Oreshika: Sony’s sole JRPG on the console that ended up being all about JRPGs.

Part of this was Sony’s fault itself, with confused messaging from the company almost from launch that made it difficult for the layperson to even understand what the console was about. In the lead up to the launch of the Vita Sony was promising that it was a “premium device for hardcore gamers,” and the inclusion of dual control sticks gave many hope that they’d get their Call of Duty and Battlefield games on the go. But that never eventuated, with the sole blockbuster shooter of any value released on the console being one that would be of very middling value on a home console (Killzone: Mercenary). Sony misfired in its apparent expectation that the Vita would appeal to the same audience of developers, publishers, and players, as the home consoles do.

Sony then failed to reposition the console to take advantage of the people that it would appeal to; people who enjoy Japanese games. Having lost the critical Monster Hunter to Nintendo, Sony made one attempt at appealing to that audience early on with Soul Sacrifice, which was a fine game, but was clearly never going to be built into a franchise. Sony then left it to Koei Tecmo, without any real marketing support, to pick up that baton with the Toukiden games, which in another universe would have had the support it needed to challenge Capcom’s sheer dominance with the Monster Hunter series and its massive financial backing by Nintendo.

Sony also left the JRPG community high and dry, despite JRPGs being the biggest selling point for the console by some margin. Despite publishing Oreshika, which is a very fine JRPG indeed, Sony did not back, localise or support any other JRPGs on the console, with the genre being left to NISA, Idea Factory and Koei Tecmo, who were putting some of the best examples of the genre in recent years on the console. Without ‘first party’ games from Sony, however, these third party games were never going to attract the attention of a larger group of players. There’s a partial list of the great JRPGs that were released on the PlayStation Vita below; it speaks worlds that I to this day need to highlight to the genre’s fans just how good some of these are.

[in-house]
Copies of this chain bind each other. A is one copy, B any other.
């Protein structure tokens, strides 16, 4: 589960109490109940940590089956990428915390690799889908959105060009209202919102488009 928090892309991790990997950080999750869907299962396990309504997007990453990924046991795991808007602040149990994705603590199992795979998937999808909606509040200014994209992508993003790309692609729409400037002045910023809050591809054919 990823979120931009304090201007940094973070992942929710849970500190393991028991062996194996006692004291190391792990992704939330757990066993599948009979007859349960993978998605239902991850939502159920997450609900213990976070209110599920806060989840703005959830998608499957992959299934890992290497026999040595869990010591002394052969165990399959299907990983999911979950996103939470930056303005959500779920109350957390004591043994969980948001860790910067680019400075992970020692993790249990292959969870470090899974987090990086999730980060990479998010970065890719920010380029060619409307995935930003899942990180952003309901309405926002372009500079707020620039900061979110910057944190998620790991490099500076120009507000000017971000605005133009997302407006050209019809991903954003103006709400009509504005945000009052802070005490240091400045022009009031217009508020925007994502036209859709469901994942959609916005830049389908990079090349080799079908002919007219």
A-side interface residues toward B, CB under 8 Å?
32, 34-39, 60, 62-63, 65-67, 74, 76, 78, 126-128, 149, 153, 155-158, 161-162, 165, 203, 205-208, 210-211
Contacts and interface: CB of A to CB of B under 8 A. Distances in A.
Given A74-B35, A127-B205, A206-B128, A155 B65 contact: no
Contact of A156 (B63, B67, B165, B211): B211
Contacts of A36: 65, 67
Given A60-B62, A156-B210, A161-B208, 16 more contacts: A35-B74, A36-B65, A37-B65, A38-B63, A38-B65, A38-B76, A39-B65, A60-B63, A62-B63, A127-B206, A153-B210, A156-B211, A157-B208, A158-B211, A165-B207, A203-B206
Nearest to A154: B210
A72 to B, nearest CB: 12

In another world, at another time, the PlayStation Vita would have been a success. Perhaps not the mainstream mega-hit that Sony had clearly hoped for, but it would have found itself a lucrative and passionate community, and a sustainable stream of quality games designed to appeal to that community. Messaging misfires and the resulting lack of awareness in the gaming community about just what this little powerhouse of a console does offer has left it as one of the most underrated game devices ever created.